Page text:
Thursday, January 31, 2013


Poor And Middle Class Pay More In Taxes

The Republicans would have you believe that the rich are forced to bear an onerous and unconscionable burden in taxes in the United States. Of course, they are only talking about national income taxes, where the rich are required to pay a larger percentage of their income in taxes -- because of the progressive nature of the income tax. It was decided long ago in this country that those who make the most should also pay the most, and most Americans think that is fair.

But the Republicans are lying, even when they talk only about the federal income tax. The rich and the corporations are not made to pay an unfair burden of taxes. In fact, the top tax rate for the rich is still much lower than at any time since World War II -- even though it was slightly raised by eliminating the Bush tax cuts for the richest Americans. That tax rate is only 39.6% for the richest Americans -- much lower than it has been in the past (at one time that top rate was 90%).

But one discussion the Republicans don't want to have is about their favorite kinds of taxes -- the taxes on consumption (like sales taxes) and property. These taxes make up the biggest share of state and local taxes -- and they are very regressive, making the poor and the middle class pay a much larger share of their income in taxes than the rich have to pay (or the corporations).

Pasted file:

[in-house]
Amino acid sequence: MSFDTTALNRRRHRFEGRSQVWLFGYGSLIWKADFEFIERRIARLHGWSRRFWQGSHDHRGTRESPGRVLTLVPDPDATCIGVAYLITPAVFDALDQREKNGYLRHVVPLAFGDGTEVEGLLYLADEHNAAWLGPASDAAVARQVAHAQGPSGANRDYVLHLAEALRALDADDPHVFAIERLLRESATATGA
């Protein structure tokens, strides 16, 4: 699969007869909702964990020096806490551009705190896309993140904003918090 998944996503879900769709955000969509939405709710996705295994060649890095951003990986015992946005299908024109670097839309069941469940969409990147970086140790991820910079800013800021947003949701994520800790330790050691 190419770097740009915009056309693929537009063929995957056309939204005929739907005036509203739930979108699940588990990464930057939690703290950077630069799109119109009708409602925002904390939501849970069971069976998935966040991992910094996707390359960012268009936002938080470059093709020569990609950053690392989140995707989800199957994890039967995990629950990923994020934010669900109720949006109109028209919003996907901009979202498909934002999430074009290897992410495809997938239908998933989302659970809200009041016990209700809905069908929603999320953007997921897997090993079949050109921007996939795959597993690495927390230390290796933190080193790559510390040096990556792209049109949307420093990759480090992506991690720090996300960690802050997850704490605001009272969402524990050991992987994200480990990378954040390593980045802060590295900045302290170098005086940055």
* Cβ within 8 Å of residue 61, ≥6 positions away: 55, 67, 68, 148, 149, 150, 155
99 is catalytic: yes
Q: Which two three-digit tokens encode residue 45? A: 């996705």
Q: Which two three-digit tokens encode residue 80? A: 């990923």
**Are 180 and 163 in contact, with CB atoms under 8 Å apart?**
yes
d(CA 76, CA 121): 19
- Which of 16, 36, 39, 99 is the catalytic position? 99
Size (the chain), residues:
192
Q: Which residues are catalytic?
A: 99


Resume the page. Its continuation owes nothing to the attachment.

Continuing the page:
The top chart shows the average percentage of income that must be paid in taxes by each segment of the population in all of the states. Note that the poorest Americans, the bottom 20% (who all live either below or barely above the poverty level) must pay about 11.1% of their income in state and local taxes. That is a truly onerous burden of taxation considering their paltry incomes. And even the middle 20% of Americans, who are struggling in this recession (which is only over for the rich), must pay 9.4% of their income in state and local taxes. That is far less than the rich must pay -- only about 5.6% for the top 1% of income earners.

And it gets even worse in the states with the most regressive taxation (the bottom chart shows the ten most regressive states). Note that in those states most of the rich pay only about 2% to 4%, while the poorest citizens of those states all have to pay double-digit percentages. The Republicans think that is fair, because they only represent the rich and the corporations with their economic and tax policies. But it is not fair -- not now or in the past, nor will it be in the future. It can never be considered fair for the poorest Americans to have to pay the largest percentage of their income in taxes, nor for the middle class to pay a much higher percentage than the rich.

The Republicans claim to be the party of values, but there is something really wrong about values that would punish the poor through taxation while letting the rich off the hook. That looks more like theft than any value to me -- the theft by the rich of the poor, and sanctioned by the Republican Party (whose primary value seems to be greed). That is not democracy. It is plutocracy.